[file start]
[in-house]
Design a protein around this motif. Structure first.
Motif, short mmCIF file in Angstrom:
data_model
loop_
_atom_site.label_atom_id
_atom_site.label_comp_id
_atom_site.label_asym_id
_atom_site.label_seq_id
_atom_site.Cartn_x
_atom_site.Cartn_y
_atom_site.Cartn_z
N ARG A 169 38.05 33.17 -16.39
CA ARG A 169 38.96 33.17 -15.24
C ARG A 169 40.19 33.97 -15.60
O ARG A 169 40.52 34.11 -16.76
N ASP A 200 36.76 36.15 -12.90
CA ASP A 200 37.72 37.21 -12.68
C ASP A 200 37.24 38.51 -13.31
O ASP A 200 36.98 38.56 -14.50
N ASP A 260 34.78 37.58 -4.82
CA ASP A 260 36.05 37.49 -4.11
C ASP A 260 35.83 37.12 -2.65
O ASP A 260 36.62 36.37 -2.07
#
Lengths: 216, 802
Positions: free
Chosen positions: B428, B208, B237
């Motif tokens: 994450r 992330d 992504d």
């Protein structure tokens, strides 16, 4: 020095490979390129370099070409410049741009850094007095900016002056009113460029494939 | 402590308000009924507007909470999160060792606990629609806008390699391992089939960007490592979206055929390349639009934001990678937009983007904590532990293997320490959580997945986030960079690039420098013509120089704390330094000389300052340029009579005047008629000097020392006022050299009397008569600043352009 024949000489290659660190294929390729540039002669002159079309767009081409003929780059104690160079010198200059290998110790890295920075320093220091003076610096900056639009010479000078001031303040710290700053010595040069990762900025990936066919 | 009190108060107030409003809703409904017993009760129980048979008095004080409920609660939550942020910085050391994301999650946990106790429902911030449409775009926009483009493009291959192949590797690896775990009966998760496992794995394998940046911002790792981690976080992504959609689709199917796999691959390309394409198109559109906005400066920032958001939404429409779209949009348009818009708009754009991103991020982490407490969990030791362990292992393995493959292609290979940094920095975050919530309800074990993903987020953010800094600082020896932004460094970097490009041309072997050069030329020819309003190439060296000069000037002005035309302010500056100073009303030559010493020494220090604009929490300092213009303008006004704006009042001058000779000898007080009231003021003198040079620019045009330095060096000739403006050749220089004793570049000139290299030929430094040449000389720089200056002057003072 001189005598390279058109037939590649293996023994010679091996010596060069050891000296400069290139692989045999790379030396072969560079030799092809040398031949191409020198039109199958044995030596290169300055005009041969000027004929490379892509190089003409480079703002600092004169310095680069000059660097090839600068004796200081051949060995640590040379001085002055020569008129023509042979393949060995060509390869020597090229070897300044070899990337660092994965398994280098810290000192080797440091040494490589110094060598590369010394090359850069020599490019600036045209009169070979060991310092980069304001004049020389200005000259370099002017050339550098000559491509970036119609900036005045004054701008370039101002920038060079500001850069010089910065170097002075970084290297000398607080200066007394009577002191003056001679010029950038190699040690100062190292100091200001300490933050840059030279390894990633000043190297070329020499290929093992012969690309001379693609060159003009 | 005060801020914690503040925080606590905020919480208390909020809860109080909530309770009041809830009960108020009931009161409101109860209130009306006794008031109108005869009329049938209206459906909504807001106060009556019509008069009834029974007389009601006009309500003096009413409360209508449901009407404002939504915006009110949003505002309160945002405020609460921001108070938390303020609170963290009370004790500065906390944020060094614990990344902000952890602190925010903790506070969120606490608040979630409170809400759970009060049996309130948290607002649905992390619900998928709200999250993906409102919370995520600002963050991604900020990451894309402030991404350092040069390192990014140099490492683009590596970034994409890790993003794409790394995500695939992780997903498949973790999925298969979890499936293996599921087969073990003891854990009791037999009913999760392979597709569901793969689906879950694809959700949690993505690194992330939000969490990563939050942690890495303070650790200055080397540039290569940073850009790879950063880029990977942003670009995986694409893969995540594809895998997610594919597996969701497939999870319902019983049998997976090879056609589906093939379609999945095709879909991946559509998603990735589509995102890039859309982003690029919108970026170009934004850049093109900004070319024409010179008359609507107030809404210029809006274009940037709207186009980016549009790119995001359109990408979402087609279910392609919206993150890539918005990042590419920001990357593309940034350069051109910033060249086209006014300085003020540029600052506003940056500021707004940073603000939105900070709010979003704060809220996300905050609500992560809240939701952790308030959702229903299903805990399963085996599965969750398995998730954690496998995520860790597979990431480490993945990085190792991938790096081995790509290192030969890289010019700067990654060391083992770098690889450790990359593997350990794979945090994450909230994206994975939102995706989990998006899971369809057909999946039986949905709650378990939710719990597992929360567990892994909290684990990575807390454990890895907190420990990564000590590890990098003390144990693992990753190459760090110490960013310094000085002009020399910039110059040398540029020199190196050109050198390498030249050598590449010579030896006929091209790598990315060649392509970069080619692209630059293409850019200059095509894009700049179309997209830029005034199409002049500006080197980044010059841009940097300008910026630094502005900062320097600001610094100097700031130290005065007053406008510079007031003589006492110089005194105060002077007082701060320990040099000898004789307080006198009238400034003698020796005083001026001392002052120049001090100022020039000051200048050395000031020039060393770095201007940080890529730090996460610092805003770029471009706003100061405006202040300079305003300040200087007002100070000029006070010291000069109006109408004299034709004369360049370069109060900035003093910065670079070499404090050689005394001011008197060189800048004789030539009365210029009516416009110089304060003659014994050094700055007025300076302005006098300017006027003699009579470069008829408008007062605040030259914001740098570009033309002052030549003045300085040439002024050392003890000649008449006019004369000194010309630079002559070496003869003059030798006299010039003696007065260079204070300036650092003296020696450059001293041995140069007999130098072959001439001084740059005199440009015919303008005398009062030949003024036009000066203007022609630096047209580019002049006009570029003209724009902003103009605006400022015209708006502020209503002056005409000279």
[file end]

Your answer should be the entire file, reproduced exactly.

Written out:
[in-house]
Design a protein around this motif. Structure first.
Motif, short mmCIF file in Angstrom:
data_model
loop_
_atom_site.label_atom_id
_atom_site.label_comp_id
_atom_site.label_asym_id
_atom_site.label_seq_id
_atom_site.Cartn_x
_atom_site.Cartn_y
_atom_site.Cartn_z
N ARG A 169 38.05 33.17 -16.39
CA ARG A 169 38.96 33.17 -15.24
C ARG A 169 40.19 33.97 -15.60
O ARG A 169 40.52 34.11 -16.76
N ASP A 200 36.76 36.15 -12.90
CA ASP A 200 37.72 37.21 -12.68
C ASP A 200 37.24 38.51 -13.31
O ASP A 200 36.98 38.56 -14.50
N ASP A 260 34.78 37.58 -4.82
CA ASP A 260 36.05 37.49 -4.11
C ASP A 260 35.83 37.12 -2.65
O ASP A 260 36.62 36.37 -2.07
#
Lengths: 216, 802
Positions: free
Chosen positions: B428, B208, B237
């Motif tokens: 994450r 992330d 992504d």
């Protein structure tokens, strides 16, 4: 020095490979390129370099070409410049741009850094007095900016002056009113460029494939 | 402590308000009924507007909470999160060792606990629609806008390699391992089939960007490592979206055929390349639009934001990678937009983007904590532990293997320490959580997945986030960079690039420098013509120089704390330094000389300052340029009579005047008629000097020392006022050299009397008569600043352009 024949000489290659660190294929390729540039002669002159079309767009081409003929780059104690160079010198200059290998110790890295920075320093220091003076610096900056639009010479000078001031303040710290700053010595040069990762900025990936066919 | 009190108060107030409003809703409904017993009760129980048979008095004080409920609660939550942020910085050391994301999650946990106790429902911030449409775009926009483009493009291959192949590797690896775990009966998760496992794995394998940046911002790792981690976080992504959609689709199917796999691959390309394409198109559109906005400066920032958001939404429409779209949009348009818009708009754009991103991020982490407490969990030791362990292992393995493959292609290979940094920095975050919530309800074990993903987020953010800094600082020896932004460094970097490009041309072997050069030329020819309003190439060296000069000037002005035309302010500056100073009303030559010493020494220090604009929490300092213009303008006004704006009042001058000779000898007080009231003021003198040079620019045009330095060096000739403006050749220089004793570049000139290299030929430094040449000389720089200056002057003072 001189005598390279058109037939590649293996023994010679091996010596060069050891000296400069290139692989045999790379030396072969560079030799092809040398031949191409020198039109199958044995030596290169300055005009041969000027004929490379892509190089003409480079703002600092004169310095680069000059660097090839600068004796200081051949060995640590040379001085002055020569008129023509042979393949060995060509390869020597090229070897300044070899990337660092994965398994280098810290000192080797440091040494490589110094060598590369010394090359850069020599490019600036045209009169070979060991310092980069304001004049020389200005000259370099002017050339550098000559491509970036119609900036005045004054701008370039101002920038060079500001850069010089910065170097002075970084290297000398607080200066007394009577002191003056001679010029950038190699040690100062190292100091200001300490933050840059030279390894990633000043190297070329020499290929093992012969690309001379693609060159003009 | 005060801020914690503040925080606590905020919480208390909020809860109080909530309770009041809830009960108020009931009161409101109860209130009306006794008031109108005869009329049938209206459906909504807001106060009556019509008069009834029974007389009601006009309500003096009413409360209508449901009407404002939504915006009110949003505002309160945002405020609460921001108070938390303020609170963290009370004790500065906390944020060094614990990344902000952890602190925010903790506070969120606490608040979630409170809400759970009060049996309130948290607002649905992390619900998928709200999250993906409102919370995520600002963050991604900020990451894309402030991404350092040069390192990014140099490492683009590596970034994409890790993003794409790394995500695939992780997903498949973790999925298969979890499936293996599921087969073990003891854990009791037999009913999760392979597709569901793969689906879950694809959700949690993505690194992330939000969490990563939050942690890495303070650790200055080397540039290569940073850009790879950063880029990977942003670009995986694409893969995540594809895998997610594919597996969701497939999870319902019983049998997976090879056609589906093939379609999945095709879909991946559509998603990735589509995102890039859309982003690029919108970026170009934004850049093109900004070319024409010179008359609507107030809404210029809006274009940037709207186009980016549009790119995001359109990408979402087609279910392609919206993150890539918005990042590419920001990357593309940034350069051109910033060249086209006014300085003020540029600052506003940056500021707004940073603000939105900070709010979003704060809220996300905050609500992560809240939701952790308030959702229903299903805990399963085996599965969750398995998730954690496998995520860790597979990431480490993945990085190792991938790096081995790509290192030969890289010019700067990654060391083992770098690889450790990359593997350990794979945090994450909230994206994975939102995706989990998006899971369809057909999946039986949905709650378990939710719990597992929360567990892994909290684990990575807390454990890895907190420990990564000590590890990098003390144990693992990753190459760090110490960013310094000085002009020399910039110059040398540029020199190196050109050198390498030249050598590449010579030896006929091209790598990315060649392509970069080619692209630059293409850019200059095509894009700049179309997209830029005034199409002049500006080197980044010059841009940097300008910026630094502005900062320097600001610094100097700031130290005065007053406008510079007031003589006492110089005194105060002077007082701060320990040099000898004789307080006198009238400034003698020796005083001026001392002052120049001090100022020039000051200048050395000031020039060393770095201007940080890529730090996460610092805003770029471009706003100061405006202040300079305003300040200087007002100070000029006070010291000069109006109408004299034709004369360049370069109060900035003093910065670079070499404090050689005394001011008197060189800048004789030539009365210029009516416009110089304060003659014994050094700055007025300076302005006098300017006027003699009579470069008829408008007062605040030259914001740098570009033309002052030549003045300085040439002024050392003890000649008449006019004369000194010309630079002559070496003869003059030798006299010039003696007065260079204070300036650092003296020696450059001293041995140069007999130098072959001439001084740059005199440009015919303008005398009062030949003024036009000066203007022609630096047209580019002049006009570029003209724009902003103009605006400022015209708006502020209503002056005409000279």